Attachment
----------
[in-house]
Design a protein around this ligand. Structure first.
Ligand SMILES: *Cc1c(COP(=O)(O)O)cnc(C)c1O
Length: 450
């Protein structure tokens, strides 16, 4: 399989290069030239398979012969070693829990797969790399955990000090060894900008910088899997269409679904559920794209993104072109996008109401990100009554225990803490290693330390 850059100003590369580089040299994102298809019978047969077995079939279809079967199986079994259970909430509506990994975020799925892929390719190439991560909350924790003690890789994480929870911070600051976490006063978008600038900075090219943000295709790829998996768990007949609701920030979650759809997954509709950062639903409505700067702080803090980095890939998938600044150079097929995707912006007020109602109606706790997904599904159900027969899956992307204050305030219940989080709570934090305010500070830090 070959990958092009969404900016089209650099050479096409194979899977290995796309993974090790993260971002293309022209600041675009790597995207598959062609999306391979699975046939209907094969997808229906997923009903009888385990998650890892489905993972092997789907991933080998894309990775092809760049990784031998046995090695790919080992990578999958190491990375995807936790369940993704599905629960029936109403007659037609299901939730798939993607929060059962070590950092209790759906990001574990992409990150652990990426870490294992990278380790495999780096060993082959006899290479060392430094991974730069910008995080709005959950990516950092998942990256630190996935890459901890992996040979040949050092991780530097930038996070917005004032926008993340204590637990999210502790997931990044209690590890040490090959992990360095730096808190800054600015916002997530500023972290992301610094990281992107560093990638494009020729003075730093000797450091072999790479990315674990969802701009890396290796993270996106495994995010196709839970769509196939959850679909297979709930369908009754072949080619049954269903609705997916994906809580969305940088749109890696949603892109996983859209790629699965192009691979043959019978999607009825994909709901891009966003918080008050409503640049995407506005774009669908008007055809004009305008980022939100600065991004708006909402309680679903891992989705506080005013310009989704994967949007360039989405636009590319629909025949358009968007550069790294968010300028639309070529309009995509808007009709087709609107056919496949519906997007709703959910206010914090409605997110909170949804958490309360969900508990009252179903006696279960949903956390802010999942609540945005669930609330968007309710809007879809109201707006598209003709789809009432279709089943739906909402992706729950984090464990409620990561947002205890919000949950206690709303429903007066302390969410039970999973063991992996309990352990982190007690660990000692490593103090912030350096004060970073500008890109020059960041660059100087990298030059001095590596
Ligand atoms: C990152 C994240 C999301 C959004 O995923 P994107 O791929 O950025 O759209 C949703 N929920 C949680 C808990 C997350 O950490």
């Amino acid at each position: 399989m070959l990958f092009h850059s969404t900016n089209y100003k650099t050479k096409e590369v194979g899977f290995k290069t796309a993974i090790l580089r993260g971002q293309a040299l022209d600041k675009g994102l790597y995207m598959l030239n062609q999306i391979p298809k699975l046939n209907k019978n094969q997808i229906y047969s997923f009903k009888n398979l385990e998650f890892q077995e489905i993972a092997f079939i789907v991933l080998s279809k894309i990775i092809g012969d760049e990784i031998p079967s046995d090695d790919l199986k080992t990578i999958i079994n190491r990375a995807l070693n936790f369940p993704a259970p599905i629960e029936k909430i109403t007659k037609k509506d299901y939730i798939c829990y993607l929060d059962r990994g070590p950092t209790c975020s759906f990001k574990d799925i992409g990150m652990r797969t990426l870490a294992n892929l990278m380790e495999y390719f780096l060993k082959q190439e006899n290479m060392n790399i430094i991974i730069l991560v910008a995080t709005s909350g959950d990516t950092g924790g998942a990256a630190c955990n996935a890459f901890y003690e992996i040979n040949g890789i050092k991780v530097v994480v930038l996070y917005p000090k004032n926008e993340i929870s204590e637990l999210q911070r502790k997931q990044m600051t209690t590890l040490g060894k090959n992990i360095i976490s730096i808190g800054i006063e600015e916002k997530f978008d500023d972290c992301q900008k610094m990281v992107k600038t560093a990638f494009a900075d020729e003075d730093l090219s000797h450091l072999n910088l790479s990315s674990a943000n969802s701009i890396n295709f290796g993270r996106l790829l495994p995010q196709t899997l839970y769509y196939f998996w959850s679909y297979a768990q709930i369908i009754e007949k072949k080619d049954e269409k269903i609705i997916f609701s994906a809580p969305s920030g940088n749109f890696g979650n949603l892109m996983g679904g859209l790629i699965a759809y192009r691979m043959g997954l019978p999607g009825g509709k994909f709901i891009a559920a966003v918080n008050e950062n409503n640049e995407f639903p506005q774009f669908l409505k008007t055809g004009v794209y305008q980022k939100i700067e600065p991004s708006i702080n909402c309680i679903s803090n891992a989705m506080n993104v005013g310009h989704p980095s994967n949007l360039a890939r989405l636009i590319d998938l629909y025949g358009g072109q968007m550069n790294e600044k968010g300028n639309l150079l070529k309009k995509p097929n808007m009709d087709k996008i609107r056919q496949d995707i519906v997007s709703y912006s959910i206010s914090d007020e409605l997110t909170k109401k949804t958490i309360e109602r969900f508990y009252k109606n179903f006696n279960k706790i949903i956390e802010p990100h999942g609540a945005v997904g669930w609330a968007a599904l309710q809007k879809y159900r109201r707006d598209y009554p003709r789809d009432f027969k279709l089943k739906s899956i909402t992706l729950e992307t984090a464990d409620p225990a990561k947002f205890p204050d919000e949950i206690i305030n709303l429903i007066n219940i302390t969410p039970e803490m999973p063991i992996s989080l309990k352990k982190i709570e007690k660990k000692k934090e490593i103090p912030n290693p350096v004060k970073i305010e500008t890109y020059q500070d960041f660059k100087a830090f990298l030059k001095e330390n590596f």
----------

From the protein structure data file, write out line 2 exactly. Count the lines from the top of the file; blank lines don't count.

Design a protein around this ligand. Structure first.